AMD may not be too far behind with its RDNA 3 GPUs. It demonstrated an unnamed but presumably high-end card at the unveiling of the full Ryzen 7000 CPU lineup. Let the dust settle from the CPU launch, which will happen on September 27, and AMD might be ready to shift over to new GPU launches by next month, certainly before the end of the year.
As with Nvidia, I expect AMD to start with its fastest GPU, Navi 31. The top model should have at least 50% more memory bandwidth and capacity compared to the RX 6950 XT, and if the current rumors are accurate, it will more than double the theoretical compute performance. Will AMD steal some of Nvidia’s thunder and deliver a GPU that can beat the RTX 4090? It’s possible, though we’ll have to wait and see. The bad news is that if AMD actually does deliver superior performance, it will likely be equally expensive.
But again, you don’t need to splurge on the top-shelf model. AMD should have a slightly trimmed down RX 7800 XT launching at the same time as or shortly after the RX 7900 XT. The potential for massive changes in price to performance don’t stop there, either. RX 6700 XT is probably about as high as I’d go on a GPU purchase, as the newcomers will inevitably affect prices elsewhere, though the further down the stack you go, the less likely things are to change much in the next month or two.
The budget to midrange sector is also where Intel’s higher spec Arc graphics cards come into the picture. Intel has demonstrated — using its own benchmarks, so apply a dose of skepticism — competitive performance from both the Arc A770 and Arc A750. Based on the recently published Arc specs, even the mainstream Arc A580 might offer some decent competition in the sub-$250 market.
Intel knows where things stand, and it knows it has an uphill battle for market share. Earlier reports of flaky drivers on the Arc A380 aren’t going to instill confidence, which means even if Intel’s Arc A770 can match or beat the RTX 3070, it won’t be able to charge RTX 3070 prices.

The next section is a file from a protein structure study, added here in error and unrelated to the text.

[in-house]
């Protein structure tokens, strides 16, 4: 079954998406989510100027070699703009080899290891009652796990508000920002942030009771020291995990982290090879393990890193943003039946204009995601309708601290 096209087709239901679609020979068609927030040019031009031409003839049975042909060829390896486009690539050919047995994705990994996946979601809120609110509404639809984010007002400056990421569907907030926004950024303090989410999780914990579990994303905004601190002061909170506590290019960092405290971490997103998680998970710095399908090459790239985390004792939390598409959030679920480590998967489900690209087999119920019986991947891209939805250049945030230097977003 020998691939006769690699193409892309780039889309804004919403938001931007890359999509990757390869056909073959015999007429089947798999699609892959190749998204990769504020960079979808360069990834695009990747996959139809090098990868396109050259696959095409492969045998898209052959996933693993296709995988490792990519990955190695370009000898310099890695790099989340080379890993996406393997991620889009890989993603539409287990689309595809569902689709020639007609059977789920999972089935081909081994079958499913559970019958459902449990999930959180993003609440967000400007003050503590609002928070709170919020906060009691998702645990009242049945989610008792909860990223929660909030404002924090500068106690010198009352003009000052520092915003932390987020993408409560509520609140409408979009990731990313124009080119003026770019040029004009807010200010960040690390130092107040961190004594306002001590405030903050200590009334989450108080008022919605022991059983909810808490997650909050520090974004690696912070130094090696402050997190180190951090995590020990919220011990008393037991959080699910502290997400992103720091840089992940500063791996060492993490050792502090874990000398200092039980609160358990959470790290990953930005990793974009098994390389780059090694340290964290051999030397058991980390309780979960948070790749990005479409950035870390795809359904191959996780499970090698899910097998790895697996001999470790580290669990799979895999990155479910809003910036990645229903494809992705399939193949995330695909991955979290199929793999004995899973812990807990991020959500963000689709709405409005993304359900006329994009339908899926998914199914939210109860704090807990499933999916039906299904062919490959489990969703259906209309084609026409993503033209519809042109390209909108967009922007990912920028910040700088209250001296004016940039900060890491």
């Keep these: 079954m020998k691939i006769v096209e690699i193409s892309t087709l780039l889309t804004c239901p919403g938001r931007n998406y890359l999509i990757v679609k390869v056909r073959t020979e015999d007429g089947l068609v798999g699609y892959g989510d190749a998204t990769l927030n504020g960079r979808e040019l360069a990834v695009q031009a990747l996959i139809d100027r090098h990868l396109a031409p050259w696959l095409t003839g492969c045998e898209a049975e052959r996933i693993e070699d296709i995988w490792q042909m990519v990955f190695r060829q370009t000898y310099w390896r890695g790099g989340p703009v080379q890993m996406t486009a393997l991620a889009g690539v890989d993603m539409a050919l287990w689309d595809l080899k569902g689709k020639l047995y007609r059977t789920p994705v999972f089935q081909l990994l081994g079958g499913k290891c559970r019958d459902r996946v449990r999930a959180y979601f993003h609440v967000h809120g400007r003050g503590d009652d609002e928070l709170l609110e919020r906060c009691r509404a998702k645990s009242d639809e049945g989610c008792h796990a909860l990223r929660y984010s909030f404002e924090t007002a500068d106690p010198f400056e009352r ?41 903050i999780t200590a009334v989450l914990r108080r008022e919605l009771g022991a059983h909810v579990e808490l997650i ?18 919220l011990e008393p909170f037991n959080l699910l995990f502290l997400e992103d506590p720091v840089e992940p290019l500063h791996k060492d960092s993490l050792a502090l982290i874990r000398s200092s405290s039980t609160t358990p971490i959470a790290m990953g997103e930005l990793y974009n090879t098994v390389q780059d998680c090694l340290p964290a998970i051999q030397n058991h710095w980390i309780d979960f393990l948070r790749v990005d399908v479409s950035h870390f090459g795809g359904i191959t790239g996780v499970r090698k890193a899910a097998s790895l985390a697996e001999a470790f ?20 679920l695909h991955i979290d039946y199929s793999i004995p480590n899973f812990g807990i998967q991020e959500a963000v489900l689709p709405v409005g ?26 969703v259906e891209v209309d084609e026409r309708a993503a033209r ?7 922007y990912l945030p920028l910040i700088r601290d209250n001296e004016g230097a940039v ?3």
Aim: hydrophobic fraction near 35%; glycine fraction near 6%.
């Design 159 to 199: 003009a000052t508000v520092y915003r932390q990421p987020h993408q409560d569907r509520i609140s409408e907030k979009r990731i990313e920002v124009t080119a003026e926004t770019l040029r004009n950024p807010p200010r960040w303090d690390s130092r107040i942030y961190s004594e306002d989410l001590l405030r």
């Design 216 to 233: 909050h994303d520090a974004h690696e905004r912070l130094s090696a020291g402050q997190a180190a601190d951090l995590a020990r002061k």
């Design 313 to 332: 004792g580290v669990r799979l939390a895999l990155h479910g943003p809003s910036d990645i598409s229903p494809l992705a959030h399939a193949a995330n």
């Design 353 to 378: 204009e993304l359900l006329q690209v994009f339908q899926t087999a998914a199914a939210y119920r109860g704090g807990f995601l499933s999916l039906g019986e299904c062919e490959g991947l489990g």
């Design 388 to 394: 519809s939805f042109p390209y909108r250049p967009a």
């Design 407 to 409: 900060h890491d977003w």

I suspect Intel’s A770 will go after the RTX 3060 Ti instead, the A750 will target the RTX 3060, and A580 will take on the RTX 3050. Possibly even more surprising is that Intel might even win each of those match ups. At which point Nvidia could easily reduce prices, which again points back to the recommendation to wait a bit.
|Graphics Card||RTX 4090||RTX 3090 Ti||RX 7900 XT||RX 6950 XT||Arc A770|
|Architecture||AD102||GA102||Navi 31||Navi 21||ACM-G10|
|Process Technology||TSMC 4N||Samsung 8N||TSMC N5 + N6||TSMC N7||TSMC N6|
|Die size (mm^2)||?||628.4||308 + 228||519||406|
|SMs / CUs / Xe-Cores||128?||84||92?||80||32|
|Ray Tracing Units||128?||84||92?||80||32|
|Boost Clock (MHz)||2000?||1860||2500?||2310||2100|
|VRAM Speed (Gbps)||24?||21||18?||18||17.5|
|VRAM Bus Width||384||384||384||256||256|
|Last Level Cache (MB)||96||6||192 / 96||128||16|
|TFLOPS FP16||262 (524)?||160 (320)||117.8?||47.4||138|
|Launch Date||Oct 2022?||Mar 2022||Nov 2022?||May 2022||Sep 2022?|
I’ve put all of the rumored specifications together — though the A770 doesn’t have rumored specs anymore, other than the price. I’m reasonably certain on the maximum configuration for Nvidia’s AD102 GPU and Nvidia’s Navi 31, but how many of the functional will actually be enabled, and what clock speeds will the chips run at? These are basically unknown, at least to me, though there have been loads of rumors — many less reliable than others. I’ve also plugged in “educated guess” pricing, but remember that price is the easiest thing to change at the last minute.